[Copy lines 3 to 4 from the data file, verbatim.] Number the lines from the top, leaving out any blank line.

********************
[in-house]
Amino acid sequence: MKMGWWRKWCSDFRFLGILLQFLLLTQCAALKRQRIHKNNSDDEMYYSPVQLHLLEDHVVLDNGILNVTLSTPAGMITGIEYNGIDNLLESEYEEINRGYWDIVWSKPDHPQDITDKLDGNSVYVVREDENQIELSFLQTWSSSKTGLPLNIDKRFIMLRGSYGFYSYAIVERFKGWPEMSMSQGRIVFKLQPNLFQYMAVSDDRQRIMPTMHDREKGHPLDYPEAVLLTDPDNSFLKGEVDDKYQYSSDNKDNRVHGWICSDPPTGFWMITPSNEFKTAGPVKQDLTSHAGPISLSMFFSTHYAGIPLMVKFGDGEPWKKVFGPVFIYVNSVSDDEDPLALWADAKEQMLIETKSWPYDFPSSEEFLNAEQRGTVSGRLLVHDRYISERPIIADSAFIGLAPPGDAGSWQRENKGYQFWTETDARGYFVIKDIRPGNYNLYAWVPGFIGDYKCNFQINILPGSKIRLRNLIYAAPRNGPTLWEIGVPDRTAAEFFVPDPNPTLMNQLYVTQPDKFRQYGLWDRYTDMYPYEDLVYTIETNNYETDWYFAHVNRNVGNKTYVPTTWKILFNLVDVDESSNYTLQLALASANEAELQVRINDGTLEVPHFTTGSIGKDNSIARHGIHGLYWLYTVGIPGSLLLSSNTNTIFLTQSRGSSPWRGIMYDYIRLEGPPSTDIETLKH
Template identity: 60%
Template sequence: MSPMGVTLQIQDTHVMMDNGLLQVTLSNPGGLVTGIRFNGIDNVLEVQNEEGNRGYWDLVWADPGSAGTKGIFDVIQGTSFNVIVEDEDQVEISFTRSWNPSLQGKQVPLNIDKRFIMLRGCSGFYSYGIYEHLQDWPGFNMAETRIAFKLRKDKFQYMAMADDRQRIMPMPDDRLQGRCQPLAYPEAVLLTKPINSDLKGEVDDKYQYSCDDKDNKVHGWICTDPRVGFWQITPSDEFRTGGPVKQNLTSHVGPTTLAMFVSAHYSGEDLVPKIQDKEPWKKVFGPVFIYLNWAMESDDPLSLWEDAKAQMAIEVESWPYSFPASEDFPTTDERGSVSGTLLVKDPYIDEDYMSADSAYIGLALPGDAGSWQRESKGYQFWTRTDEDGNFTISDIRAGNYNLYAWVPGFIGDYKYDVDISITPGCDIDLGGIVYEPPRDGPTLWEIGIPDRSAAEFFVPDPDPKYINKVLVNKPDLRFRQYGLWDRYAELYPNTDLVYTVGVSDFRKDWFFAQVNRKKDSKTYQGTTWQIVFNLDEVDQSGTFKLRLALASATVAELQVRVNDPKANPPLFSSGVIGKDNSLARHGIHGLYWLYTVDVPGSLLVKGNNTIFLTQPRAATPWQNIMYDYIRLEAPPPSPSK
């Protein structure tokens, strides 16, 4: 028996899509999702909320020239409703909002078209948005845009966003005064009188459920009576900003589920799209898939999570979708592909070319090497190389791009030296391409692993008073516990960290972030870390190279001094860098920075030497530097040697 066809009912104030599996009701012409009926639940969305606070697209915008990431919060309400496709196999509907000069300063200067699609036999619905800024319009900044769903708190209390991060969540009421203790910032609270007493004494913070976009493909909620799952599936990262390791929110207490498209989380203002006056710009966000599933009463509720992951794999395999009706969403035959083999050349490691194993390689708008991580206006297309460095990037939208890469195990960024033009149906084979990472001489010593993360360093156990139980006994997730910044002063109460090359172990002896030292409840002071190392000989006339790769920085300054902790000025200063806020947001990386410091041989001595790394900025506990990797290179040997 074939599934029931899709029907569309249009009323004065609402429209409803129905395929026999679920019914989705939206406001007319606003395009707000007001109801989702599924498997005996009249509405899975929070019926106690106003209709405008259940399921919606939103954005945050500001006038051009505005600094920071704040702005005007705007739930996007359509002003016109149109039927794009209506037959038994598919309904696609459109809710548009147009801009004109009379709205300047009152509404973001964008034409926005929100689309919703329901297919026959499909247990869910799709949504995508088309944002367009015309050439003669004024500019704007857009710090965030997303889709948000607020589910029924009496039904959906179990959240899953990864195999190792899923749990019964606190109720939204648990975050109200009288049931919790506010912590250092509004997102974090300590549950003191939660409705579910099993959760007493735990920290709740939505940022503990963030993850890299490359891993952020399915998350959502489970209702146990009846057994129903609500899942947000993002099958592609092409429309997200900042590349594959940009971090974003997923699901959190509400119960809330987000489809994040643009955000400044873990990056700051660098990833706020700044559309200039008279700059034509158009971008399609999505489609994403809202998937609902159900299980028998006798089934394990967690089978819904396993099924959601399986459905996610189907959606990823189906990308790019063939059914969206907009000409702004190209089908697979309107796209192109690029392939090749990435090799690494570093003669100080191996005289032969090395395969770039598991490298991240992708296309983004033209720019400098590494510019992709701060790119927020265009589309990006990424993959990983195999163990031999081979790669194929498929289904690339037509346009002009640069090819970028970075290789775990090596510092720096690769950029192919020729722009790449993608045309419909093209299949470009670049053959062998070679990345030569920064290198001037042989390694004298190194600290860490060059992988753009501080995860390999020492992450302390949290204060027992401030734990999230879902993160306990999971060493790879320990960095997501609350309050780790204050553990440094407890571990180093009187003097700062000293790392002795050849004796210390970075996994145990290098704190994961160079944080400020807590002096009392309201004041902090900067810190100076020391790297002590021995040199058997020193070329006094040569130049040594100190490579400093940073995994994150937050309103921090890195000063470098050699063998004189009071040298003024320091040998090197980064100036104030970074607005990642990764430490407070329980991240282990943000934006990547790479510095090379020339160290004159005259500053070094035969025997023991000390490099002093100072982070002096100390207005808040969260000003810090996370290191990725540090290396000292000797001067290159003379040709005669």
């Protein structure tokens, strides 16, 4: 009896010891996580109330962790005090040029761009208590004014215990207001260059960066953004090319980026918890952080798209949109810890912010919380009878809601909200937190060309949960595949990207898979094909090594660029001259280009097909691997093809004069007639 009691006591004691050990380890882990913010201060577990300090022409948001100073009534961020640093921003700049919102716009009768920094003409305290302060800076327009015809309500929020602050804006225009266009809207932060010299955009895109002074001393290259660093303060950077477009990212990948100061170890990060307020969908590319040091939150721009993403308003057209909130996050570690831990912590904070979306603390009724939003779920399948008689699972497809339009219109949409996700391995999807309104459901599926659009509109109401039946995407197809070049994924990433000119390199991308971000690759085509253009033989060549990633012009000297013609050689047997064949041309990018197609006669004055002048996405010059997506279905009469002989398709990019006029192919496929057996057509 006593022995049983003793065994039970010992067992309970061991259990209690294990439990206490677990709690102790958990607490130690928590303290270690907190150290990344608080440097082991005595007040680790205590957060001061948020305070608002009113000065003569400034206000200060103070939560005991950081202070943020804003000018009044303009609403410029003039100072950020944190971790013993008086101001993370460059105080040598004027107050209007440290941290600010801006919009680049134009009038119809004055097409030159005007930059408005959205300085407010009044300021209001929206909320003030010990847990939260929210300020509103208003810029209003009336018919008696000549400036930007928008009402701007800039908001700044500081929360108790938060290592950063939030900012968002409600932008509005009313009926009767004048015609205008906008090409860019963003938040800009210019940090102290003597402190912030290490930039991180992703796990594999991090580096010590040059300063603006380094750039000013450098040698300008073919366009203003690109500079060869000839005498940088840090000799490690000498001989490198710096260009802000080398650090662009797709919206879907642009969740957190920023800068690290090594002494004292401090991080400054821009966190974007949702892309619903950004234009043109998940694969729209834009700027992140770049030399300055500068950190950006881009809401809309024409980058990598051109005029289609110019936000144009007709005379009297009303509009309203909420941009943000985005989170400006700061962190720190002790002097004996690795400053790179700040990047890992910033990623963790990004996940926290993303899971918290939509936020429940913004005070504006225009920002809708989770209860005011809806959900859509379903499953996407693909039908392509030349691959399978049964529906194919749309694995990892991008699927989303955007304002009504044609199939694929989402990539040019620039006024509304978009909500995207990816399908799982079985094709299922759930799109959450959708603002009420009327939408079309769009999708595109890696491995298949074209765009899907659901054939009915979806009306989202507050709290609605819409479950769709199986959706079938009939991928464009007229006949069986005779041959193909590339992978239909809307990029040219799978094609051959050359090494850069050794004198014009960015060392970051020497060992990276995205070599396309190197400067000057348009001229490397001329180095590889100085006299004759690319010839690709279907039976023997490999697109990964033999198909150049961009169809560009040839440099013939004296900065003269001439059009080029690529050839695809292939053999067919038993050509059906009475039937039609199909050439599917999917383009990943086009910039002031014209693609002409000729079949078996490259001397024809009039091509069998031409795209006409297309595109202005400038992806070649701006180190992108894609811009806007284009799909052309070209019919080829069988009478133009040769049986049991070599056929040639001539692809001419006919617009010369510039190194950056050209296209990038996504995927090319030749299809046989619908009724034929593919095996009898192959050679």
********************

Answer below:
Template identity: 60%
Template sequence: MSPMGVTLQIQDTHVMMDNGLLQVTLSNPGGLVTGIRFNGIDNVLEVQNEEGNRGYWDLVWADPGSAGTKGIFDVIQGTSFNVIVEDEDQVEISFTRSWNPSLQGKQVPLNIDKRFIMLRGCSGFYSYGIYEHLQDWPGFNMAETRIAFKLRKDKFQYMAMADDRQRIMPMPDDRLQGRCQPLAYPEAVLLTKPINSDLKGEVDDKYQYSCDDKDNKVHGWICTDPRVGFWQITPSDEFRTGGPVKQNLTSHVGPTTLAMFVSAHYSGEDLVPKIQDKEPWKKVFGPVFIYLNWAMESDDPLSLWEDAKAQMAIEVESWPYSFPASEDFPTTDERGSVSGTLLVKDPYIDEDYMSADSAYIGLALPGDAGSWQRESKGYQFWTRTDEDGNFTISDIRAGNYNLYAWVPGFIGDYKYDVDISITPGCDIDLGGIVYEPPRDGPTLWEIGIPDRSAAEFFVPDPDPKYINKVLVNKPDLRFRQYGLWDRYAELYPNTDLVYTVGVSDFRKDWFFAQVNRKKDSKTYQGTTWQIVFNLDEVDQSGTFKLRLALASATVAELQVRVNDPKANPPLFSSGVIGKDNSLARHGIHGLYWLYTVDVPGSLLVKGNNTIFLTQPRAATPWQNIMYDYIRLEAPPPSPSK